McBryde backs Ross Byrne to be ‘all over things’ against La Rochelle

‘He’s probably got a little bit more tempo in his game than Johnny, to be fair’

Johnny Sexton's absence from Leinster's Heineken Cup semi-final away to La Rochelle on Sunday (kick-off 3pm Irish time) is an ill-timed blow, not least for the player himself in missing out on such a marquee game and also with next week's Lions squad announcement in mind.

But Leinster have probably been aware that he would be ruled out for a while and they can take encouragement from the manner Ross Byrne has slotted in for him over the last few years, especially in that quarter-final comeback win away to Exeter.

“It is what it is,” said assistant coach Robin McBryde on Tuesday. “You’ve got to deal with it. It’s part and parcel of the nature of rugby. It’s just one of those things.”

Sexton’s enforced absence may raise doubts over his durability for Warren Gatland and his assistant coaches, albeit McBryde, who is one of them, did stress that there is ample time between now and the scheduled Lions tour. Furthermore, Sexton has considerable credit in the bank from the previous treks to Australia and New Zealand, when he played seven games in five weeks both times and the tourists lost only one of the five Tests he started.

“It’s obviously not my area but I’m sure that the rest of the Lions coaches would be looking at it and just assessing the situation. They’ve worked with Johnny before on the other Lions trips. They know what he offers.

“There’s never an ideal time to get an injury really is there, especially in this year? But I think everybody knows what Johnny is all about, the fact he’s been there for so long, proven match winner in big matches. It’s not ideal but I think people know him well enough.”

Offsetting the loss of Sexton is that James Ryan, Garry Ringrose, Scott Penny, Tommy O'Brien and Ciarán Frawley are all expected to train fully this week, while Jamison Gibson-Park (hamstring), Caelan Doris (calf), Harry Byrne (hamstring) Jimmy O'Brien (hamstring) and the Munster bound Rowan Osborne (hand) are all doubtful.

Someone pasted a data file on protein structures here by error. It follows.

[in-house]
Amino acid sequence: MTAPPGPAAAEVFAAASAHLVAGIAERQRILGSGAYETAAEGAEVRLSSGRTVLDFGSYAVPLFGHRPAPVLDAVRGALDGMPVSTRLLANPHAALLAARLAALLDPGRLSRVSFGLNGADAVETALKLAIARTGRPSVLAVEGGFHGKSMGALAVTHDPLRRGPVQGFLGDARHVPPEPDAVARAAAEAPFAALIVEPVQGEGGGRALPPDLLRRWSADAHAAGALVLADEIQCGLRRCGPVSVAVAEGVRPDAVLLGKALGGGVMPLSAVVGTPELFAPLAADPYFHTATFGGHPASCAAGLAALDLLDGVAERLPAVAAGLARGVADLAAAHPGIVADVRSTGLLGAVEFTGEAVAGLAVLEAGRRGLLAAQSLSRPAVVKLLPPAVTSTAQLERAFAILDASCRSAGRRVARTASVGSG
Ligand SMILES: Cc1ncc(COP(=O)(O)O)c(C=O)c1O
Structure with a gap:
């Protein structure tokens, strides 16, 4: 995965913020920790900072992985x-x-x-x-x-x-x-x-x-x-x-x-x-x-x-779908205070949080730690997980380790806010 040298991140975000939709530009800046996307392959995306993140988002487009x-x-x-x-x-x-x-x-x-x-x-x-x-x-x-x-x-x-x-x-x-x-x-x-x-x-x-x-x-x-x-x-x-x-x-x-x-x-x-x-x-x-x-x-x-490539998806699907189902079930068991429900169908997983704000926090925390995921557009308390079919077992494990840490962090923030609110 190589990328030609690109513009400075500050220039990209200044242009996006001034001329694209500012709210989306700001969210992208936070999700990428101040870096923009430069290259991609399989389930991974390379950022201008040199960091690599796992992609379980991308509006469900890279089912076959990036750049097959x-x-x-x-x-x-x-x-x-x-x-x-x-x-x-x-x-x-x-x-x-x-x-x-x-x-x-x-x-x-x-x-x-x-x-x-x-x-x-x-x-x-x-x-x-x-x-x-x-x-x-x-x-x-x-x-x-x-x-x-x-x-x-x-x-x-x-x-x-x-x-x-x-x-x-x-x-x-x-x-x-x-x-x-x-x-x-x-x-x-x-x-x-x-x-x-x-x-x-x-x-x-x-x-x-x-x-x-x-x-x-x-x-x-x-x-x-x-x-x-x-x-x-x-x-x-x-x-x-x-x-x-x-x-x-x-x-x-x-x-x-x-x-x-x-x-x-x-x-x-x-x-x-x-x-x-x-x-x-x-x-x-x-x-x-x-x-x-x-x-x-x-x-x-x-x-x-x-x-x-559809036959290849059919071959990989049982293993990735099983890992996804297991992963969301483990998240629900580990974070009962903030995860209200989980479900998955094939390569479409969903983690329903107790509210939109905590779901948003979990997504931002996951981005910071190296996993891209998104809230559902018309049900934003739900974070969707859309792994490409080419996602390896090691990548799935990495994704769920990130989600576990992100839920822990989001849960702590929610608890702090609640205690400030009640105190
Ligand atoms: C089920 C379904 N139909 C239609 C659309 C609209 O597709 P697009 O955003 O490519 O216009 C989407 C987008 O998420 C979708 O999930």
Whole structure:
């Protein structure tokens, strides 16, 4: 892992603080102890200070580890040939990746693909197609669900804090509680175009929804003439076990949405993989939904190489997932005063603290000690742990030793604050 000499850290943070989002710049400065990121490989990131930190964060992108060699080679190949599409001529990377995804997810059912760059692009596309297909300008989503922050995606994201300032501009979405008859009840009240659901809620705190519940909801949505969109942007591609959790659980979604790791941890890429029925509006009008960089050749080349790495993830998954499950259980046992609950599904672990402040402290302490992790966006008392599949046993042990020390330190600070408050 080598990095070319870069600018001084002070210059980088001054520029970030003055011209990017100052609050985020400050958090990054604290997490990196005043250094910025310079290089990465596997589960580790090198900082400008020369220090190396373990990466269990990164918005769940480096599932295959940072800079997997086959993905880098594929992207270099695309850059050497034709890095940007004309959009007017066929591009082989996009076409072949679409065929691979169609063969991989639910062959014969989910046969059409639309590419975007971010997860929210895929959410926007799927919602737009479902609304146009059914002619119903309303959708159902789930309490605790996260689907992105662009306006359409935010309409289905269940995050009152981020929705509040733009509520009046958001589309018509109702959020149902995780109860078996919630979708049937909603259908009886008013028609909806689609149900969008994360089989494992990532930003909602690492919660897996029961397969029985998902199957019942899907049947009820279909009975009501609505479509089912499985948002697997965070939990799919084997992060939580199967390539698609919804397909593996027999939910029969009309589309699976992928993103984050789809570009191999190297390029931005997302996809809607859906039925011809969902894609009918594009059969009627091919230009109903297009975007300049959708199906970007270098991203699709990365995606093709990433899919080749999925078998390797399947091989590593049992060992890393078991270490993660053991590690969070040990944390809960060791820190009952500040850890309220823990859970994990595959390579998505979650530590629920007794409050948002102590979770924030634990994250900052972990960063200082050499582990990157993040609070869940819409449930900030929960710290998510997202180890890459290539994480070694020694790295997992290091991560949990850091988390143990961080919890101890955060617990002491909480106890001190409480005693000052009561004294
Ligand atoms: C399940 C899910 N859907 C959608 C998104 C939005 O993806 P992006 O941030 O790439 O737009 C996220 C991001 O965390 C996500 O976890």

After replacing Sexton in the 28th minute in Exeter, Byrne immediately brought composure and direction. Calling for the strike move off his own touchfinder with the pass in front of Hugo Keenan for Jordan Larmour's first try, he nailed his kicks, made his tackles and floated the skip pass with an advantage play for Larmour's second try.

It was probably his best performance yet for Leinster given the high stakes, even eclipsing the way he marshalled a comeback win over Exeter at the Aviva Stadium in December 2017 as a 12th-minute replacement for Sexton or when starting the titanic quarter-final against Ulster two seasons ago.

“With regards to Ross driving the team when he came on, I thought he was excellent against the Chiefs,” said McBryde. “He’s probably got a little bit more tempo in his game than Johnny, to be fair. I’ve been very impressed with the relationship between him and the lineout caller and the speed they’re able to work together.

“He’s all over things. When you see him in the walk through and the jog through everything comes as second nature. The lines of communication are just so quick. It happens really slickly, he steps in and he’s very comfortable obviously.

“Not that I’ve asked him, but you can guess that he’s probably frustrated with the lack of minutes he’s had with the national camp, but all he can do is keep on playing well and push himself forward. He did that against the Chiefs. Yeah, brilliant.”

This will be the 26-year-old’s 100th game for Leinster, and of his 23 in Europe, Byrne has only played in one defeat, as a replacement in the quarter-final loss against Saracens last September. Of his 11 starts, Leinster have won the lot.